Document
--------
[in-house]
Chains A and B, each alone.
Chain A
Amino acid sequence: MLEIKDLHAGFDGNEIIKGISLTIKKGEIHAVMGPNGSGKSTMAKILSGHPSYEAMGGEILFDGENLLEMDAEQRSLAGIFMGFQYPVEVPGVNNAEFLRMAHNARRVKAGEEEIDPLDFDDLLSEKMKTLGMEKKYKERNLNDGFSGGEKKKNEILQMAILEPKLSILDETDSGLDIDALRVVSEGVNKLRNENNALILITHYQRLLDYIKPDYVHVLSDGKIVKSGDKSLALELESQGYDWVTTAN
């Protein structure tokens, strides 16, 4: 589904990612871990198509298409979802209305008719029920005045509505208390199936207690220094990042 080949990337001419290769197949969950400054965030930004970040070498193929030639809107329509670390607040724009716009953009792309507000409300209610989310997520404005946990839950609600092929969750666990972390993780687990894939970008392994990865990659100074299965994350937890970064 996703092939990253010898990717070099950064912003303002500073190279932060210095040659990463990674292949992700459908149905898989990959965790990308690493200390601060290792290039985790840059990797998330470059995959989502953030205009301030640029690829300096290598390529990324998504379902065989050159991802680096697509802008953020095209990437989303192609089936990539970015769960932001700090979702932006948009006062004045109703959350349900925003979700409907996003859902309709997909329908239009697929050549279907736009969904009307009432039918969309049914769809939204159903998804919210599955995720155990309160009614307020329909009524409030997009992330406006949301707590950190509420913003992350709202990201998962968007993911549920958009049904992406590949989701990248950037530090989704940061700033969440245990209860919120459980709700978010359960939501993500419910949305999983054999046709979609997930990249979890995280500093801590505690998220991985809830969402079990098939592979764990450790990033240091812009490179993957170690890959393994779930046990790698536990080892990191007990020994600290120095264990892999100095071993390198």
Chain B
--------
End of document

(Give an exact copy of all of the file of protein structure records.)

[in-house]
Chains A and B, each alone.
Chain A
Amino acid sequence: MLEIKDLHAGFDGNEIIKGISLTIKKGEIHAVMGPNGSGKSTMAKILSGHPSYEAMGGEILFDGENLLEMDAEQRSLAGIFMGFQYPVEVPGVNNAEFLRMAHNARRVKAGEEEIDPLDFDDLLSEKMKTLGMEKKYKERNLNDGFSGGEKKKNEILQMAILEPKLSILDETDSGLDIDALRVVSEGVNKLRNENNALILITHYQRLLDYIKPDYVHVLSDGKIVKSGDKSLALELESQGYDWVTTAN
């Protein structure tokens, strides 16, 4: 589904990612871990198509298409979802209305008719029920005045509505208390199936207690220094990042 080949990337001419290769197949969950400054965030930004970040070498193929030639809107329509670390607040724009716009953009792309507000409300209610989310997520404005946990839950609600092929969750666990972390993780687990894939970008392994990865990659100074299965994350937890970064 996703092939990253010898990717070099950064912003303002500073190279932060210095040659990463990674292949992700459908149905898989990959965790990308690493200390601060290792290039985790840059990797998330470059995959989502953030205009301030640029690829300096290598390529990324998504379902065989050159991802680096697509802008953020095209990437989303192609089936990539970015769960932001700090979702932006948009006062004045109703959350349900925003979700409907996003859902309709997909329908239009697929050549279907736009969904009307009432039918969309049914769809939204159903998804919210599955995720155990309160009614307020329909009524409030997009992330406006949301707590950190509420913003992350709202990201998962968007993911549920958009049904992406590949989701990248950037530090989704940061700033969440245990209860919120459980709700978010359960939501993500419910949305999983054999046709979609997930990249979890995280500093801590505690998220991985809830969402079990098939592979764990450790990033240091812009490179993957170690890959393994779930046990790698536990080892990191007990020994600290120095264990892999100095071993390198």
Chain B